Nut brittles from the Las Cruces Candy Company are studded with pecans, pistachios and almonds, and infused with New Mexico's signature chili peppers — both green and red.
Nut brittles from the Las Cruces Candy Company are studded with pecans, pistachios and almonds, and infused with New Mexico's signature chili peppers — both green and red. Melisa Goh/NPR
We're taking a cross-country tour of candies from around the U.S., sampling hometown sweets that deliver a nostalgic sugar rush.
We rally around our regional candies, maybe because they take us back to a simpler, sweeter time.
The family-owned Russel Sifers Candy Company has been making Valomilks, and only Valomilks, for decades.
New Mexicans can get a little carried away with their chile peppers. There's chile beer, chile pizza, chile ice cream — you can find the smoldering flavors of chile peppers in just about anything.
And then there's chile brittle. Luis Flores, owner of chili brittle purveyor Las Cruces Candy Company, beats the summer heat by getting up at 3 a.m. to prepare his specialties.
His company makes a dozen different types of brittle, studded with pecans, peanuts, pistachios and the less familiar pinon nut. Today, Flores is making his Green Chile Pecan Brittle.
He hunches over a large copper kettle, stirring a gooey mixture of sugar and water until the goop reaches a steamy 280 degrees. Then, Flores adds the most important ingredient: green chile powder from New Mexico's famous pepper fields.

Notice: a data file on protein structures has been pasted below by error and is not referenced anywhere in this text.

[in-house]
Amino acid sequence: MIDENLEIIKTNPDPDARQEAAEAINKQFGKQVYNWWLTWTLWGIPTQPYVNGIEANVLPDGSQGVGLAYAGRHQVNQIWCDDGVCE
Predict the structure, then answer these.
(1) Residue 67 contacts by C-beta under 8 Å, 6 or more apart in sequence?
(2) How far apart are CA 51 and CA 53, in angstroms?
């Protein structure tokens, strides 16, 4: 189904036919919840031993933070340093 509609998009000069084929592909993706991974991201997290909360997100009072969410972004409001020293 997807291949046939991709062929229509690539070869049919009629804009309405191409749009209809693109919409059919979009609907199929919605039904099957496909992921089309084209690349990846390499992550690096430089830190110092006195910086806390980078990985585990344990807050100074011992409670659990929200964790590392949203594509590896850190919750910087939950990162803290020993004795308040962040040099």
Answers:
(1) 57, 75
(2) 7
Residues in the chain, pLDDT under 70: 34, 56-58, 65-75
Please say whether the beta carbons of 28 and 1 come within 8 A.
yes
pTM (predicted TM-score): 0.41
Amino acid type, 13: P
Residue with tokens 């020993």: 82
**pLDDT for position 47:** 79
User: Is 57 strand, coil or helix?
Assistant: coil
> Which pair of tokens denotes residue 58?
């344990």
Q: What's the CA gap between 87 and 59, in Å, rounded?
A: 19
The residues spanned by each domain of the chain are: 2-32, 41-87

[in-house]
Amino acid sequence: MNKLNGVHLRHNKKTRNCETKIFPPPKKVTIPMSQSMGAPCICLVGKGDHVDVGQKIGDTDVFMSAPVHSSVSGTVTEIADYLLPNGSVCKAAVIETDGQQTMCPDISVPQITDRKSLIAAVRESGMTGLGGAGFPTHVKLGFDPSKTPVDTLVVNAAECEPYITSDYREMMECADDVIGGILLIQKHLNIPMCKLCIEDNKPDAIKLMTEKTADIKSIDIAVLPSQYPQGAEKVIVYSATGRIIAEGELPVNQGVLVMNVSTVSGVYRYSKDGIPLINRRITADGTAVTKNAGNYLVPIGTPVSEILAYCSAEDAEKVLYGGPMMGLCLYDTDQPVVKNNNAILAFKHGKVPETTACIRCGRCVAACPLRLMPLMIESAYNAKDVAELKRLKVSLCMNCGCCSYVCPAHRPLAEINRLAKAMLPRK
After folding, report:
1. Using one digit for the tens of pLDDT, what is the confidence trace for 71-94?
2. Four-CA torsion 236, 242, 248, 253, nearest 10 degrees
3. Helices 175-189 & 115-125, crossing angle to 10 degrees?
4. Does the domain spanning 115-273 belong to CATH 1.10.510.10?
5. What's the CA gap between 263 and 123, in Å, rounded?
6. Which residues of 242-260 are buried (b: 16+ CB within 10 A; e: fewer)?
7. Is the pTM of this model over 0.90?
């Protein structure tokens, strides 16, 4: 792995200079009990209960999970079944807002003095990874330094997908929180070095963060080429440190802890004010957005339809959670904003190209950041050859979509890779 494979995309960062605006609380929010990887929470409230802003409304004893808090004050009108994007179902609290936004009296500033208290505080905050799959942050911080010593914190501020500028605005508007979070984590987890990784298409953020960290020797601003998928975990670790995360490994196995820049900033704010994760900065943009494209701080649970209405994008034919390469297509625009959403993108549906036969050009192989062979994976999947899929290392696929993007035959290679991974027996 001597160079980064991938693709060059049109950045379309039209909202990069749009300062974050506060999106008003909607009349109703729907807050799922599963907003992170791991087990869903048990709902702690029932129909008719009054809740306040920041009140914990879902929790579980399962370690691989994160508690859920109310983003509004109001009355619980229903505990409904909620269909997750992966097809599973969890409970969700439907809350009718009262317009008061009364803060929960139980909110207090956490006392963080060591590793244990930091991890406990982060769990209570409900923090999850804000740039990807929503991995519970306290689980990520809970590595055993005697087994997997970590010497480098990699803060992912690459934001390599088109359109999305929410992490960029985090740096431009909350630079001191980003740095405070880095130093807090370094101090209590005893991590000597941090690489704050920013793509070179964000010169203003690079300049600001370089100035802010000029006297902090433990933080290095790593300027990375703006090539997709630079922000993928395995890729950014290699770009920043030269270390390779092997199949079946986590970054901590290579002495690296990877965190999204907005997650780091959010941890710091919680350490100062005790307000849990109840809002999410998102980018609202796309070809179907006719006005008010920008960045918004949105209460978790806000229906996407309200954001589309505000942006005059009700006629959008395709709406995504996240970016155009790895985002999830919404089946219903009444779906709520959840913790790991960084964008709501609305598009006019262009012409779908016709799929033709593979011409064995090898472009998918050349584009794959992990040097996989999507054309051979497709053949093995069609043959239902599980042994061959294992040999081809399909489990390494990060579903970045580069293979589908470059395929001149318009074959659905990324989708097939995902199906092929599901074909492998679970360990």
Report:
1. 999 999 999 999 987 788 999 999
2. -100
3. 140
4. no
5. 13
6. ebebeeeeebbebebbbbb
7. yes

It drops into the kettle in a cloud of dust. Even the "mild" powder can leave you coughing if you're not prepared.
Another New Mexico staple crop, pecans, follow the green chile into the pot. When the mixture is complete, Flores pours it onto an 8-foot stainless steel table and stretches it thin.
When it cools and hardens, the brittle resembles a giant continent. Flores breaks it up into little tectonic plates.
"Nowadays, you can make peanut brittle in a microwave," Flores says. "This is the old-fashioned method of making the product."
Just like his parents used to make, Flores adds.
"My father had started as a young boy working with a candy maker in Mexico when he was 8 or 9 years old," he says.
Today, Flores sells his candy to gift shops across the Southwest. He's also a regular at the farmer's market in his hometown of Las Cruces.
On a sunny Saturday, tourist Mike Gardener of Los Angeles stopped by Flores' table for a taste. It's sweet at first ... but seconds later, the chile sneaks up and delivers a sharp punch to the tongue.
"Oh yeah, it's a good kick," Gardener says. "Yeah — it's the after-burn."
New Mexico's long green chile pepper is so beloved that a new state law now protects its authenticity. That means any chile product advertised as New Mexican better be the real deal.
And if all this chile talk has got your mouth watering, you're in luck — if you can get to New Mexico. The first chile harvests of the year are just getting started.